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Cape Central High Photos

Ken Steinhoff, Cape Girardeau Central High School Class of 1965, was a photographer for The Tiger and The Girardot, and was on the staff of The Capaha Arrow and The Sagamore at Southeast Missouri State University. He worked as a photographer / reporter (among other things) at The Jackson Pioneer and The Southeast Missourian.

Come here to see photos and read stories (mostly true) about coming of age in Southeast Missouri in the 1960s.

Please comment on the articles when you see I have left out a bit of history, forgotten a name or when your memory of a circumstance conflicts with mine. (My mother says her stories have improved now that more and more of the folks who could contradict her have died off.) Your information helps to make this a wonderful archive and may end up in book form.

Debaters Not Worth 20¢

CHS Debate Club c 1965I posted pictures of a mad feeding frenzy after the Girardot yearbook had gone to press and the photos in it were made available for purchase. When I was going through a box of prints the other night, I found this one of what I assume to be the Debate Club. It had the price of 20 cents written on the back of it.

Despite the people clamoring for photos in the other post, apparently nobody thought we were worth two thin dimes, so I ended up with it.

I think I have figured out who all the players are. Back row, l to r, Chuck Dockins, Ken Steinhoff, Bill East, Jane McKeown, Mike Seabaugh, Debby Young and Shari Stiver.

Front row, l to r, Pat Sommers, Joni Tickel, Vicky Roth and Sally Wright. Click on the photo to make it larger.

“Where’s My Change?”

Ken Steinhoff toys c 1953 03-03-2015

Nanci Griffith sings about having to change buses when going from North Austin to South Austin when she was a teenager. The transfer would give her just enough time to run into the Woolworth’s store, grab a vanilla Coke, look in the record bin and “wink at the boys” on her way to catch the next bus.

In her song, Love at the Five and Dime, she says, “All Woolworth stores are special. They all smell the same. They smell a little bit like popcorn and chewing gum wrapped around the bottom of a leather-soled shoe. They all have the same sound.”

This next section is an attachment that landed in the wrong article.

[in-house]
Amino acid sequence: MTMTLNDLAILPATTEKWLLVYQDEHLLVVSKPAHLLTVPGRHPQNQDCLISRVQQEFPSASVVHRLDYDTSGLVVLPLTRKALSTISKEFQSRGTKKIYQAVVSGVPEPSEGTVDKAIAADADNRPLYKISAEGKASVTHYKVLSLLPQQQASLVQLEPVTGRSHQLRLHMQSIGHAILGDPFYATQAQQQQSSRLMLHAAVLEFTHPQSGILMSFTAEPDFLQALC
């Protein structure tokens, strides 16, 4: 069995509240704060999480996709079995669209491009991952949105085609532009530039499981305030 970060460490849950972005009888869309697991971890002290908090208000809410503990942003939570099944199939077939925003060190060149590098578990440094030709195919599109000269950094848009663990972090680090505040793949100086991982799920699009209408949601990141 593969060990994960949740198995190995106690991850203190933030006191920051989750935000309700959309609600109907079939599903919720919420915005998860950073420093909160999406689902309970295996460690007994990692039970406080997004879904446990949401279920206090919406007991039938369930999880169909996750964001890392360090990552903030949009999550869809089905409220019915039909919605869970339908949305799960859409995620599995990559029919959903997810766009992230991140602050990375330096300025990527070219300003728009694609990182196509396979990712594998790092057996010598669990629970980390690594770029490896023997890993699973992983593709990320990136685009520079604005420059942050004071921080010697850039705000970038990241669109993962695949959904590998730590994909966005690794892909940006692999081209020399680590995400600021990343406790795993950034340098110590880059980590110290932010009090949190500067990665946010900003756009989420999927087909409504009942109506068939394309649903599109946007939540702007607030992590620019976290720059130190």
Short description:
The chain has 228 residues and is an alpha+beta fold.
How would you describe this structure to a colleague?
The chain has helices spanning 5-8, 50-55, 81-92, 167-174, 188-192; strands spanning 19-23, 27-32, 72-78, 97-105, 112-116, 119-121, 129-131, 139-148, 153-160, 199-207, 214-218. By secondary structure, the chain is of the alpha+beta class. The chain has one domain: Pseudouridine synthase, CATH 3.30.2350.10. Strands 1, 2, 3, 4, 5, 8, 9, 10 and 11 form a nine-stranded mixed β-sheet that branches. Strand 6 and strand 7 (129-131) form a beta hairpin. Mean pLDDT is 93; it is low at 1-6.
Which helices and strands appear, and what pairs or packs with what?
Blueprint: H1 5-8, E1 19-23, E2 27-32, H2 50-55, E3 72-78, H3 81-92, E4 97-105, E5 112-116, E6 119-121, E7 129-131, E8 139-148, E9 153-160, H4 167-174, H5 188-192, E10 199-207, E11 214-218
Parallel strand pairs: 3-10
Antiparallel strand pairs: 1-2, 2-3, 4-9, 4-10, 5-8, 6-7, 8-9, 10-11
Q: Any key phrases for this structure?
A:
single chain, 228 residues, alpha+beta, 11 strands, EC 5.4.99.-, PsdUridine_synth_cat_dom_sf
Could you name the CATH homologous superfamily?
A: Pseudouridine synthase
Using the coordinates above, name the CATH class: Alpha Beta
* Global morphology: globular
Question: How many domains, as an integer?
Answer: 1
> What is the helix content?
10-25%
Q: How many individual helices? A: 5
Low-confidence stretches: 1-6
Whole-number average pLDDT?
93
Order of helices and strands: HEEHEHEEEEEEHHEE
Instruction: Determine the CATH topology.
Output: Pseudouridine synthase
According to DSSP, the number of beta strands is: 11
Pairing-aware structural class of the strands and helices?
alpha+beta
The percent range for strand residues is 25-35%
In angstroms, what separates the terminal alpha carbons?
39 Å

Standing in the toy aisle

Main Street w Woolworth Store 04-05-2010She could have been describing the one in Cape. There I was, standing in the toy aisle of Woolworth’s clutching a crumpled, much-handled one-dollar bill and trying to make up my mind.

Just down the aisle from the toy section was the long lunch counter. It produced a mixture of sounds: silverware clinking on heavy china plates, the whirrrr of mixers cranking out milkshakes, the squeak of the revolving vinyl-covered red stools, and the low murmur of the town’s movers and shakers solving the problems of the world while sitting next to teenagers on dates and mothers with kids in tow.

Vintage soap scum

Sensing that Mother was getting impatient, I finally picked the toy boat on the right, something that is still covered with soap scum from probably around 1955.

It was marked “99¢”

I handed my limp dollar bill to the cashier and stood waiting patiently. She finally noticed I was still there and said, “Is there something else?”

“I’m waiting for my penny change.” Even then, I was a hard negotiator who was determined nobody was going to rip me off.

“There is no change”

“There IS no change,” she dismissed. “The toy was 99¢ and there is a penny tax. That’s the whole dollar.”

That was a rude awakening. I must have been about 6, and my faith in math and economics was shattered. It was much like when Son Matt got his first paycheck at 13 or 14 and came in hollering, “Who is this FICA dude and why is he taking my money?”

I can’t wait until we plop the grandkids in the tub to give another generation a chance to float those boats. I’m gonna get my buck’s worth.